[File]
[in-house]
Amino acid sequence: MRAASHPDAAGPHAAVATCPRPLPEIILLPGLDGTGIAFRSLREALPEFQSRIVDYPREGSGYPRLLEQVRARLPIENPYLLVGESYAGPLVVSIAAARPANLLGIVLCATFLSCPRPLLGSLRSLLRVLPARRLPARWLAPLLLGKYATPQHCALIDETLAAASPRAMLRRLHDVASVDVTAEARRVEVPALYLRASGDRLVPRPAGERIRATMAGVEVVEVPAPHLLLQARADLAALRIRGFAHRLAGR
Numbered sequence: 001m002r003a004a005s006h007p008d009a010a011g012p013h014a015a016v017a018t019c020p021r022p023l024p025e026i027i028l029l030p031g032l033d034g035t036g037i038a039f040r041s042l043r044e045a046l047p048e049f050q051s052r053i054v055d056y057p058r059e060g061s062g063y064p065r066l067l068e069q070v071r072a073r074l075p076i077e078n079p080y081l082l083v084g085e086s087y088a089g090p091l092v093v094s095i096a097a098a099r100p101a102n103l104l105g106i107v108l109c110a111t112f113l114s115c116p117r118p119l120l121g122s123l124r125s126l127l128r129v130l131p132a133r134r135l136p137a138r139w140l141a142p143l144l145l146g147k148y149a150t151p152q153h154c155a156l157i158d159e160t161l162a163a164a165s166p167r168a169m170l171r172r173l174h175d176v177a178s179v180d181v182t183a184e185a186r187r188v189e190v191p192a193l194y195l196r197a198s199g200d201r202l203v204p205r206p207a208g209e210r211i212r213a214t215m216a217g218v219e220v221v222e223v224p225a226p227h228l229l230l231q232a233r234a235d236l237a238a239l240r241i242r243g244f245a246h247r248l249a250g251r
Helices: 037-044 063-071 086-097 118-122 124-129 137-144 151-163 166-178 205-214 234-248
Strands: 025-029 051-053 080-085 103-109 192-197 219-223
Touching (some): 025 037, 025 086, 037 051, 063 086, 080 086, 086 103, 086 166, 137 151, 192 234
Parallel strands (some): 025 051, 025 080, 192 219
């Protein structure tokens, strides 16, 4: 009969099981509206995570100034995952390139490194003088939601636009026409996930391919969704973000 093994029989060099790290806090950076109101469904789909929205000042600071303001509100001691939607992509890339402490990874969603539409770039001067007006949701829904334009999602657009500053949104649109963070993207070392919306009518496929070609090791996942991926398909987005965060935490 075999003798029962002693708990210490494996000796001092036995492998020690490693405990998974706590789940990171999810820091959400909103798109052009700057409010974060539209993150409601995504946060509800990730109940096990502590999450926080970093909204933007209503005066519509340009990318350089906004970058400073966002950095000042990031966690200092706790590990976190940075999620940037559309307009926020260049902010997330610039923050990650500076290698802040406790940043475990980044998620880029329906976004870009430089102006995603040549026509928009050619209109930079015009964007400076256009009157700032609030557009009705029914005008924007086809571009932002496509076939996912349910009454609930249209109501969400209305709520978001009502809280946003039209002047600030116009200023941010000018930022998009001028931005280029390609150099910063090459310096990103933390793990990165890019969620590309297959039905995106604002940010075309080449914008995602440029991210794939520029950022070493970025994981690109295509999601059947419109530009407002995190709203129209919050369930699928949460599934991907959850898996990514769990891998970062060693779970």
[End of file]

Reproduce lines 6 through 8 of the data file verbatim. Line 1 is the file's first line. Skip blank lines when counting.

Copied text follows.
Touching (some): 025 037, 025 086, 037 051, 063 086, 080 086, 086 103, 086 166, 137 151, 192 234
Parallel strands (some): 025 051, 025 080, 192 219
């Protein structure tokens, strides 16, 4: 009969099981509206995570100034995952390139490194003088939601636009026409996930391919969704973000 093994029989060099790290806090950076109101469904789909929205000042600071303001509100001691939607992509890339402490990874969603539409770039001067007006949701829904334009999602657009500053949104649109963070993207070392919306009518496929070609090791996942991926398909987005965060935490 075999003798029962002693708990210490494996000796001092036995492998020690490693405990998974706590789940990171999810820091959400909103798109052009700057409010974060539209993150409601995504946060509800990730109940096990502590999450926080970093909204933007209503005066519509340009990318350089906004970058400073966002950095000042990031966690200092706790590990976190940075999620940037559309307009926020260049902010997330610039923050990650500076290698802040406790940043475990980044998620880029329906976004870009430089102006995603040549026509928009050619209109930079015009964007400076256009009157700032609030557009009705029914005008924007086809571009932002496509076939996912349910009454609930249209109501969400209305709520978001009502809280946003039209002047600030116009200023941010000018930022998009001028931005280029390609150099910063090459310096990103933390793990990165890019969620590309297959039905995106604002940010075309080449914008995602440029991210794939520029950022070493970025994981690109295509999601059947419109530009407002995190709203129209919050369930699928949460599934991907959850898996990514769990891998970062060693779970």